Non-Weight Bearing Upper-Body Isometric Exercises

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Upper-body isometric exercises can be performed as part of your strength-training program or can be used to rehabilitate an injury. Isometric exercise causes the muscles to activate, but they stay at a constant length; they don’t lengthen or shorten and joints are not activated. Benefits of isometrics are that no equipment is required, little space is needed and you can perform these exercises at home or at the office. A disadvantage is that your blood pressure might be elevated. Consult with your doctor if you have heart disease or hypertension.


Isometric exercises to strengthen the muscles that run along the front, sides and at the base of your neck behind your head can be done while at your office. Hold your head up straight in a neutral position. Take you right hand and place it on the right side of your head. As you gently push your head to the left, tighten your neck muscles to resist the push. Resist for five seconds, relax and repeat 10 times. Perform additional sets with your left hand pushing against the left side of your head and your hands pushing at the front and back of your head.


With the use of a wall and its corner, you can perform several isometric exercises to strengthen the muscles that are used to extend your shoulder and rotate it to the left and right. Stand with your back against a wall and your feet hip-width apart. With your arms hanging comfortably by your sides, keep your elbows straight and place your palms flat against the wall. Push against the wall for 10 seconds, relax and repeat. Perform 10 sets. Turn with your right shoulder against the wall. With a 90-degree bend in your right elbow, push against the wall for 10 seconds, relax and repeat. Perform 10 sets, rest and repeat with your left arm. Stand at the corner of the wall, bend your elbow 90 degrees and place your forearm and palm against the wall around the corner. Push against the wall for 10 seconds, relax and repeat. Perform 10 sets and repeat with your other arm.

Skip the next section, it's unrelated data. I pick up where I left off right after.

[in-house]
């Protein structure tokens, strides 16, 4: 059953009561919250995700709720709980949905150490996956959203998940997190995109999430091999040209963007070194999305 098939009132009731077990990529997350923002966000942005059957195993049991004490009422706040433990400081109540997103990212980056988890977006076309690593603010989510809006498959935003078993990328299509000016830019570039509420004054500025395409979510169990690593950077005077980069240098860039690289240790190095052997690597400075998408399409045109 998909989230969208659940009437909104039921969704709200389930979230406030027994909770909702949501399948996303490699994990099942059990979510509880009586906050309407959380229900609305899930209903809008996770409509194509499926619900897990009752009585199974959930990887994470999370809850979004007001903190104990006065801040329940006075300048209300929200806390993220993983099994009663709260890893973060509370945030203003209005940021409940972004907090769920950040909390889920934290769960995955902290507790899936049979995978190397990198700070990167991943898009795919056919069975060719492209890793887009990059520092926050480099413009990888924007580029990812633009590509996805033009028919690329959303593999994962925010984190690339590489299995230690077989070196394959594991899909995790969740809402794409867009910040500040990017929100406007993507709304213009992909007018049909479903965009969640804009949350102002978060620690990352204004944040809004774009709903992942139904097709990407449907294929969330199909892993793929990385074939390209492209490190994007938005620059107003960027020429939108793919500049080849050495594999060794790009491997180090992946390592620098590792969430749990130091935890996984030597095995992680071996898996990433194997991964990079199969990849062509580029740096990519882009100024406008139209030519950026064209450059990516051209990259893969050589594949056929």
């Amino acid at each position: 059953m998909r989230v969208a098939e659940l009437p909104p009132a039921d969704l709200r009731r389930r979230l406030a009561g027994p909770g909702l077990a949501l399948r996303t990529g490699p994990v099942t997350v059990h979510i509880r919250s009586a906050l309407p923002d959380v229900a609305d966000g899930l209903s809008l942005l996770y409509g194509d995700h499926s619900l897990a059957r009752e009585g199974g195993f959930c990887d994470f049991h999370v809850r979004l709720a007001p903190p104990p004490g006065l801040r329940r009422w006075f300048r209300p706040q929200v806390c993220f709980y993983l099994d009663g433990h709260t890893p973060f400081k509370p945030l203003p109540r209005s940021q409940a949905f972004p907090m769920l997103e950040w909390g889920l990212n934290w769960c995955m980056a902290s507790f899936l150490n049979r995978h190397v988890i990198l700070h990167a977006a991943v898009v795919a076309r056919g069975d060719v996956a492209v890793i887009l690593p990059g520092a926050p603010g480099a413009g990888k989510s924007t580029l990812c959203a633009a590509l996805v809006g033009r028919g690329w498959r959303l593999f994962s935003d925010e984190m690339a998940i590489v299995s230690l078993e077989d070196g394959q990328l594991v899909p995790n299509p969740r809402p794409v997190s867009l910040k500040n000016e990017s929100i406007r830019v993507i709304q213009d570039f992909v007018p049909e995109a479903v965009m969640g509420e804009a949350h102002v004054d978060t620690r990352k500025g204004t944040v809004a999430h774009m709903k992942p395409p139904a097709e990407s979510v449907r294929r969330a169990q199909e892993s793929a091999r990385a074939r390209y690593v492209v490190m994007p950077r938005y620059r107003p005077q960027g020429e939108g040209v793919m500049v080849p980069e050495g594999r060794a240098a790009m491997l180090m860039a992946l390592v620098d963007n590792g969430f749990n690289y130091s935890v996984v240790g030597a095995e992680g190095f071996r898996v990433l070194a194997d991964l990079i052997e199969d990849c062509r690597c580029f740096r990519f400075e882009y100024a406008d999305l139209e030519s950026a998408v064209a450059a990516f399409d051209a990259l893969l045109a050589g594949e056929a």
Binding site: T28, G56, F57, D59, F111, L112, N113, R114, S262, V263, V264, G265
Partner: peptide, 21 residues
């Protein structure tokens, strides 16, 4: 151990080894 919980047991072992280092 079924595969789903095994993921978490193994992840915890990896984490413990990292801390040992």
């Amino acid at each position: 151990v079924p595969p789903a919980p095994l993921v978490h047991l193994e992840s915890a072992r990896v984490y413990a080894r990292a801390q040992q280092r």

This exercise primarily targets your chest muscles, but also works your shoulders and the backs of your arms. Stand with your back straight and feet should-width apart. Bend your elbows 90 degrees, place the palms of your hands together and hold your arms out in front of your body. While keeping your forearms parallel to the floor, breathe normally, tighten your chest muscles and push your hands together. Hold the tension 10 seconds, relax and repeat. Perform 10 sets. A variation is to bring your hands up under your chin, as if you were praying, and repeat.


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Focus on your biceps, which are the muscles at the front of your upper arm, with this exercise. Sit in a sturdy chair in front of a heavy table or desk. Bend you elbows and place your forearms under the table with your palms facing up. Tighten your arm muscles and push up against the underneath side of the table as if you were going to lift it. Hold the tension 10 seconds, slowly relax your muscles and repeat. Perform 10 sets. Breathe normally and concentrate on keeping your back straight throughout the exercise.